Letters From The Edge, despite having a cringe-inducing title, is a solid black metal record that makes some bold moves. It’s a record that shouldn’t be missed if you’re looking for new takes on an old formula.
When it comes to black metal, I have found over the years that I need little wrinkles in the formula to enjoy a full album from the genre. Whether it’s to add gaze elements, progressive shifts or the like, I enjoy a spruced up version over the basics any day. For that reason, Hungarian outfit Sear Bliss caught my attention. Their latest record, Letters From The Edge, was just released and, after hearing a few tracks, I was intrigued enough to dive in for a full review.
After the traditional, albeit unwelcome intro track, we get to the meat of the record with the first song, “Forbidden Doors.” After disguising itself as a traditional black metal song, the syncopated riffs and drumming create a little breathing room. Along with horns and group vocals, Sear Bliss establish pretty quickly that they are adept at weaving their own elements into a traditional tapestry. I found myself bobbing my head to this tune and it kept my attention throughout the six minute run time.
The second track, “Seven Springs”, comes in with triumphant horns and then moves into some power metal motifs with woodwinds and a quite medieval melodic passage. It’s interesting, dynamic and really just works here. I’m not sure how many bands could take you from the top of a cold mountain in Norway to an overture at a ren faire, but Sear Bliss handle this journey smoothly. This is a trend through the runtime of Letters From The Edge. “A Mirror In The Forest” kicks off with a fantastic riff and horns and embraces a mid-tempo pace, while “Abandoned Peaks” slows things way down and demonstrates their prowess at creating atmosphere.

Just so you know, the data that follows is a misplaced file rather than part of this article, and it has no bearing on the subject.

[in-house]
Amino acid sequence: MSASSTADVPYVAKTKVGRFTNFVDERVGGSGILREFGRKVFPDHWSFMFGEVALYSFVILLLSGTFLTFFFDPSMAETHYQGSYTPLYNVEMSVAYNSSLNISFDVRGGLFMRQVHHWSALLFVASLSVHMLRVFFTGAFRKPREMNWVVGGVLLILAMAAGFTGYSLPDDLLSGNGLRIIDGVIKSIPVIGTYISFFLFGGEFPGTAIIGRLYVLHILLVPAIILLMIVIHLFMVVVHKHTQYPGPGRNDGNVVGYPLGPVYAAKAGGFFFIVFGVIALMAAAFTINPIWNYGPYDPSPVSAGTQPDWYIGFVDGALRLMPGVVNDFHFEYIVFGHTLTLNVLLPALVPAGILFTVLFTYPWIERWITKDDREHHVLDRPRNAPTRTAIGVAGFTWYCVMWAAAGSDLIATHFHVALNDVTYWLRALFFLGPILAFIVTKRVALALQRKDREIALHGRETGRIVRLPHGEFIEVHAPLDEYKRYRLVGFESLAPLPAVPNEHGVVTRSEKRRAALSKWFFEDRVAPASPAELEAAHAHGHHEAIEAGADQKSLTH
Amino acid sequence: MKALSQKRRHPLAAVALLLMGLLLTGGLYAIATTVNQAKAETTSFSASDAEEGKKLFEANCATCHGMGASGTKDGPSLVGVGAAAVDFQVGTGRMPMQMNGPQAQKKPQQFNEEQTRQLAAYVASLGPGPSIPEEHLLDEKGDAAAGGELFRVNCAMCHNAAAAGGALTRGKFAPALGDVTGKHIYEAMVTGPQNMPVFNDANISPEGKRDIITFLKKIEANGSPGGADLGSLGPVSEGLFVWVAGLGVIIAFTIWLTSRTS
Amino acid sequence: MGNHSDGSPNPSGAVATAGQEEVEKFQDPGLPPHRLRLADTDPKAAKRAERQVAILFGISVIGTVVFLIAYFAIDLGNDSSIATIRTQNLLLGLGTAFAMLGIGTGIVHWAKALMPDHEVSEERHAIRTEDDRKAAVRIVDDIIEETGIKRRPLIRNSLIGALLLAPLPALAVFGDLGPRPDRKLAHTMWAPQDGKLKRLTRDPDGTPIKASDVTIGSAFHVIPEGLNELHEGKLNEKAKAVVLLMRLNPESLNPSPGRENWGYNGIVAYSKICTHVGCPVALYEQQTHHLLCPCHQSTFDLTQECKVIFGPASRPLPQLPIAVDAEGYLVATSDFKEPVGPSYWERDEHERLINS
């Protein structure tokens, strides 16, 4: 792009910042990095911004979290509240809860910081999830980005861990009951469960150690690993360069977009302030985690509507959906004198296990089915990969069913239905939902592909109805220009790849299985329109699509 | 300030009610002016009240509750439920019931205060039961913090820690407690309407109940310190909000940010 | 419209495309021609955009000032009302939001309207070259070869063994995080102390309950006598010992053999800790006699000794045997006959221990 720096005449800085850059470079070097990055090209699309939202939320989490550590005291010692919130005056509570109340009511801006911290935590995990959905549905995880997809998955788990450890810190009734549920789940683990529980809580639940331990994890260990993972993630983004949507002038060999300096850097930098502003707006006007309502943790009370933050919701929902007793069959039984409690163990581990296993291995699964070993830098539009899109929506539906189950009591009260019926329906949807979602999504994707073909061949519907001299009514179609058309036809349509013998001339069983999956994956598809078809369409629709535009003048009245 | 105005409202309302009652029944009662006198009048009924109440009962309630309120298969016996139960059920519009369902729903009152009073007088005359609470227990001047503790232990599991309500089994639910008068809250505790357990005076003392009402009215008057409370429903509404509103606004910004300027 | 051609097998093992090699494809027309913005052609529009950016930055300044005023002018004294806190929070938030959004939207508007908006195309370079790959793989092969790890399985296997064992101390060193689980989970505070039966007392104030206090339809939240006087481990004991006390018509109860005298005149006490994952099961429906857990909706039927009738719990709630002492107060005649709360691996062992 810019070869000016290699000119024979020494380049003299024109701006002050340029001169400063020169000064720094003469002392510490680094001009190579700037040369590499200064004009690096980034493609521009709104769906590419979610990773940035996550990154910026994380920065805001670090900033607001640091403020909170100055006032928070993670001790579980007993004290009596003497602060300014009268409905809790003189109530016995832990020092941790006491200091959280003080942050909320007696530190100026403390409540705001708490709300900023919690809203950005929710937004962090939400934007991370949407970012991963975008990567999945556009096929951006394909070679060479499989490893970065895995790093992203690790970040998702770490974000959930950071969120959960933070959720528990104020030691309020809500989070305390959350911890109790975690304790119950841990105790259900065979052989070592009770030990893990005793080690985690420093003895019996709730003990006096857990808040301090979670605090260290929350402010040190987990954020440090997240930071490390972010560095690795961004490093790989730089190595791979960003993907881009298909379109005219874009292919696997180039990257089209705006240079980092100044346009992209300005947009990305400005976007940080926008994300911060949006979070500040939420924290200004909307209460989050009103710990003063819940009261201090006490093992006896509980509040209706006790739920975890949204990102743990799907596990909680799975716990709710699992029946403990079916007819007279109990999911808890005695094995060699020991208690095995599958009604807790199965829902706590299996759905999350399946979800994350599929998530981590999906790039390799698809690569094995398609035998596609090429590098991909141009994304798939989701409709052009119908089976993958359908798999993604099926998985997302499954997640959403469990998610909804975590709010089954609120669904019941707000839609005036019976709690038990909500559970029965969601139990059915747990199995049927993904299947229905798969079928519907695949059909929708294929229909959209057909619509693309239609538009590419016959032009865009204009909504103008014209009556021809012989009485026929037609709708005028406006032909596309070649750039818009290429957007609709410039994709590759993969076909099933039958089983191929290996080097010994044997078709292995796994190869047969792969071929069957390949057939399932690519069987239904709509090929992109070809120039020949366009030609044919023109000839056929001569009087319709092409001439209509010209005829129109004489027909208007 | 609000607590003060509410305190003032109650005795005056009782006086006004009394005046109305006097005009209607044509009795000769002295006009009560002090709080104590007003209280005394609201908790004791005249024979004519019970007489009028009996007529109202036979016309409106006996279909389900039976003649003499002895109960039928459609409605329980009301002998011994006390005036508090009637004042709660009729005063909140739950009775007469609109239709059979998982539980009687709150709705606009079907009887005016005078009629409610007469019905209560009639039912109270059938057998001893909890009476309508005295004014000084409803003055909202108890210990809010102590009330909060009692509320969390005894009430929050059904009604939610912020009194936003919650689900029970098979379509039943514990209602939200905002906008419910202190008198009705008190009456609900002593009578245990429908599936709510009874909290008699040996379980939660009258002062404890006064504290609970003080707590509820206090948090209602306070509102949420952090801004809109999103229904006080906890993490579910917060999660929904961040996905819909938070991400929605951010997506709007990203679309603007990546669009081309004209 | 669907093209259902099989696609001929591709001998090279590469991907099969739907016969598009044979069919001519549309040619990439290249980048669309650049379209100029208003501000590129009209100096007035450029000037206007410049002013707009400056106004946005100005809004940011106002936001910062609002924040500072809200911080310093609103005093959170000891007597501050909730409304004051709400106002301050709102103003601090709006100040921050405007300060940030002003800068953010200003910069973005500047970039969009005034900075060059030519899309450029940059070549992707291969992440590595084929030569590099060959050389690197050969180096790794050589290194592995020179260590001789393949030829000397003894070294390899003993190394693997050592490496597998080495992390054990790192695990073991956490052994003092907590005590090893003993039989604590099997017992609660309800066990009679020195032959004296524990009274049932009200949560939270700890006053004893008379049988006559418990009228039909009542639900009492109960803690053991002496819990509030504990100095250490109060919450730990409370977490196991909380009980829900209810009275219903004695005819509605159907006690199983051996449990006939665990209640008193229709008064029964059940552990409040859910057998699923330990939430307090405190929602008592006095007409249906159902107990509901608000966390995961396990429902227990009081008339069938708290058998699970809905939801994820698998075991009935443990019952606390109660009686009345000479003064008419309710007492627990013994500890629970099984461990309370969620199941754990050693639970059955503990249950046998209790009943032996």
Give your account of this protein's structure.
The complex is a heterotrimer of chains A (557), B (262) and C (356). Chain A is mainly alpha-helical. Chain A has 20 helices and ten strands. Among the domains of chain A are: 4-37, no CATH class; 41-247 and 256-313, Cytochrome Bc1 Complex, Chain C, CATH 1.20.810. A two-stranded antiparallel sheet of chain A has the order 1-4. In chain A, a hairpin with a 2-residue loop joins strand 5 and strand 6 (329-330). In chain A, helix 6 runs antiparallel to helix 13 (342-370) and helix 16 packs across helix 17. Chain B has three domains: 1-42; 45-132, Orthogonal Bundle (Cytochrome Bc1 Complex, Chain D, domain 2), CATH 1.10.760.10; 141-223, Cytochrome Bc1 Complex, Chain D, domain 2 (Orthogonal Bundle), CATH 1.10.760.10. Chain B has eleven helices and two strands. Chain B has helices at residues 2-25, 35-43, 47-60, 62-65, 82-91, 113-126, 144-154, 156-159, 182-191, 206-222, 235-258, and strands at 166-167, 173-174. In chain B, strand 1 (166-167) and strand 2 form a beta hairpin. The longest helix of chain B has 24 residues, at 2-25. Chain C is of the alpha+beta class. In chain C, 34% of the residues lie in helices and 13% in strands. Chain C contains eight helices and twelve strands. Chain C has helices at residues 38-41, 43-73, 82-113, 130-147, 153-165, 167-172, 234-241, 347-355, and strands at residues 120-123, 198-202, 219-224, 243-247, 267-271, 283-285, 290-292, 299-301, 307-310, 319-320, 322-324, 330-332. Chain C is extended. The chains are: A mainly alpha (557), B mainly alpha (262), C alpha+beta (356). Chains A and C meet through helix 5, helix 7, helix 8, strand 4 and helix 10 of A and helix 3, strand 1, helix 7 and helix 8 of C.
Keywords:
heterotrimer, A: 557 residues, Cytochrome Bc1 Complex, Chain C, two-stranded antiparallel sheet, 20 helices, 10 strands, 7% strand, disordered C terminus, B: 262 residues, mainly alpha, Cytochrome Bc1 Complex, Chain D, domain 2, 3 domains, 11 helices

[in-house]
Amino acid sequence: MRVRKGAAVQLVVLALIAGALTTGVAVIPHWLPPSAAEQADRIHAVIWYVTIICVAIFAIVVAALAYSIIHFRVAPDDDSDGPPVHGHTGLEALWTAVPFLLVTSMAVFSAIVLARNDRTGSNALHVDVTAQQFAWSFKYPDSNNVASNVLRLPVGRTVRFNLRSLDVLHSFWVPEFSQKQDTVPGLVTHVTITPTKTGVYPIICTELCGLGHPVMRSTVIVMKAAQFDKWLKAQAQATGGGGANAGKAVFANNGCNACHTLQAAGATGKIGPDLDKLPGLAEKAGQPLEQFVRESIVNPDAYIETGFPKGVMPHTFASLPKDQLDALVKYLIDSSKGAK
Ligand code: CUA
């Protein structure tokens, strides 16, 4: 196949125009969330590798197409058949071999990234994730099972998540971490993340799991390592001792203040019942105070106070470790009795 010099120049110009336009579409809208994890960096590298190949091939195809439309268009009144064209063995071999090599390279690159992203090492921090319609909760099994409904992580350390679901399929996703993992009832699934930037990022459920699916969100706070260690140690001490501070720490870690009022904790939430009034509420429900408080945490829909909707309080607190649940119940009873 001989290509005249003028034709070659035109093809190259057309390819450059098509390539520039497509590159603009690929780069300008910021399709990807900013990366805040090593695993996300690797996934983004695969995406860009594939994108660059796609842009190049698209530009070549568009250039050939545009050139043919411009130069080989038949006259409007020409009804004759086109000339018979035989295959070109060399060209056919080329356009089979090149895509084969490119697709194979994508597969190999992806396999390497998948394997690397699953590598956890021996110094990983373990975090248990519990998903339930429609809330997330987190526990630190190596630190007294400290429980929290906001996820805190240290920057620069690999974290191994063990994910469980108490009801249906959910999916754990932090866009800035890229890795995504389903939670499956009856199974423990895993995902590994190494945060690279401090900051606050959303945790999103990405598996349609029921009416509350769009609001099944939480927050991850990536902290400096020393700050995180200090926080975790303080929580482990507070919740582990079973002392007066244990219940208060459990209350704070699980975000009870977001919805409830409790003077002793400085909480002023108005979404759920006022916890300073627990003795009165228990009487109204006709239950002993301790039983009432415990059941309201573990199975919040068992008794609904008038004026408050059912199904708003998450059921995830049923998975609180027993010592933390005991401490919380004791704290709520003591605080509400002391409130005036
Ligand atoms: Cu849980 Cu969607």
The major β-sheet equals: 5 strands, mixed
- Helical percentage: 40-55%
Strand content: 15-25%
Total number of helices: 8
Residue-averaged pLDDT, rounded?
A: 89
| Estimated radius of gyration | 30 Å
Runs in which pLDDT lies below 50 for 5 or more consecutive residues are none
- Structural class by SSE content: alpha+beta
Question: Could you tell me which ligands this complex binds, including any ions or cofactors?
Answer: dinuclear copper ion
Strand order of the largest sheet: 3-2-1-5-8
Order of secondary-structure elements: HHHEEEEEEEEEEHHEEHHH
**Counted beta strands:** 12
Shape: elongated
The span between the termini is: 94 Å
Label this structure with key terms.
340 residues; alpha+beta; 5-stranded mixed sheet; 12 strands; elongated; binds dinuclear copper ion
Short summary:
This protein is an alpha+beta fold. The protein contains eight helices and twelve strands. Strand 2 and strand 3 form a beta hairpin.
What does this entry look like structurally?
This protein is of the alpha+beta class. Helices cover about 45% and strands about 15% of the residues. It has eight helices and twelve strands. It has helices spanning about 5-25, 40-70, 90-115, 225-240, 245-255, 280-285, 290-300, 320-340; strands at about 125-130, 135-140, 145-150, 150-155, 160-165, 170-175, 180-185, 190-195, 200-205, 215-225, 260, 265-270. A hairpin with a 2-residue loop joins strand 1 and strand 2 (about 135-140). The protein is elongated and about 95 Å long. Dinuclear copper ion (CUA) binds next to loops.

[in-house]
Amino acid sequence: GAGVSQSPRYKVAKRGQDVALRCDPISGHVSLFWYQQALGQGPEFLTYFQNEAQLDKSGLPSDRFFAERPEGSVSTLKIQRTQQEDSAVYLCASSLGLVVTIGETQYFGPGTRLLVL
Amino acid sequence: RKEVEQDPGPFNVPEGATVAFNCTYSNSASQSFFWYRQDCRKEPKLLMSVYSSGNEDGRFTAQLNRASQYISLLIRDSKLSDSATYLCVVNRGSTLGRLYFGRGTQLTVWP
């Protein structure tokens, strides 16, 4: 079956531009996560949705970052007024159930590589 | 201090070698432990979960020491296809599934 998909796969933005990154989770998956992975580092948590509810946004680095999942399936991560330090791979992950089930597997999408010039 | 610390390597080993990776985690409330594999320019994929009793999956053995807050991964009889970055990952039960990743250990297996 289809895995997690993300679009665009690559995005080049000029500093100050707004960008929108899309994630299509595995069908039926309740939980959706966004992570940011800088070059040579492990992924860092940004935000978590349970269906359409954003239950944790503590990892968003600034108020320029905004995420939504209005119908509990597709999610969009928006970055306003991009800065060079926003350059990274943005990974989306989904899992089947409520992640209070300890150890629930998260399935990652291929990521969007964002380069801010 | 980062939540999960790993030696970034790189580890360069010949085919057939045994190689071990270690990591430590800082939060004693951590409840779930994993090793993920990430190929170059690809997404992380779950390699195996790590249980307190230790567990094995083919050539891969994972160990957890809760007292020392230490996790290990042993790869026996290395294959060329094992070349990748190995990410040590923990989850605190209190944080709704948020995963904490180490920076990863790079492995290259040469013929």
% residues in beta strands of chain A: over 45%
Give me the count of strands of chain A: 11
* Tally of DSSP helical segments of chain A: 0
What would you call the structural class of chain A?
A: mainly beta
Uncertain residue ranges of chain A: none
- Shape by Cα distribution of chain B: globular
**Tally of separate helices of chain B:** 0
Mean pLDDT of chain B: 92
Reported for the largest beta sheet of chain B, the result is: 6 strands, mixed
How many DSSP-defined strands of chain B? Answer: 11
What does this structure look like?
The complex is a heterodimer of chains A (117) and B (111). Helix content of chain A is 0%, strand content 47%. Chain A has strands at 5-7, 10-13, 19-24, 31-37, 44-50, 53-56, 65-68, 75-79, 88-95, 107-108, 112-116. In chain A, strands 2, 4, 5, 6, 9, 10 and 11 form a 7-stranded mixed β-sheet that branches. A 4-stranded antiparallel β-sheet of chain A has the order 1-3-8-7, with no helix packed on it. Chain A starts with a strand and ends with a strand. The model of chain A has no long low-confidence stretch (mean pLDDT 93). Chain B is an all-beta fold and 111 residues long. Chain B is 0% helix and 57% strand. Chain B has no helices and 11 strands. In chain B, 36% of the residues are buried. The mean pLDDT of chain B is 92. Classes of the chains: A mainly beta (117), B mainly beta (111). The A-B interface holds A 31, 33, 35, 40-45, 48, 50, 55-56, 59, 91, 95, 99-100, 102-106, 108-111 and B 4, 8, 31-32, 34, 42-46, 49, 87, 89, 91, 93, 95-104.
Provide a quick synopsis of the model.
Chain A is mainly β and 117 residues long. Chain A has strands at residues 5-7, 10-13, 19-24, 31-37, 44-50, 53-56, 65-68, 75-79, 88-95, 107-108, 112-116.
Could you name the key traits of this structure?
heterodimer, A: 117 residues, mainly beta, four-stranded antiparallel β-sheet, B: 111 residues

Perhaps the finest track on this album is “Haven.” It’s a catchy black-and-roll tune that employs horns once again and includes some really nice guitar work. It’s dense and atmospheric without leaning into indulgence or pretentiousness. Things wrap up with “Shroud” and it’s full-on progressive metal. If you heard this track’s opening moments in isolation you’d probably think that your music player has skipped to the next record. The effects get turned up a notch and it’s quite dense. The drumming is notably great, and the bass can be heard too! It’s quite a strange way to wrap up the album – good, but strange.
Letters From The Edge, despite having a cringe-inducing title (perhaps we lose the gravitas in translation), is a solid black metal record that makes some bold moves. It can be a bit uneven at times, but it never feels scattershot. The vocals are well-suited to the material, and the instrumentation is pretty great from start to finish. I really enjoyed my time with this album. I can bet that at least “Haven” and “Shroud” will get plenty of plays throughout the remainder of this year. It’s a record that shouldn’t be missed if you’re looking for new takes on an old formula.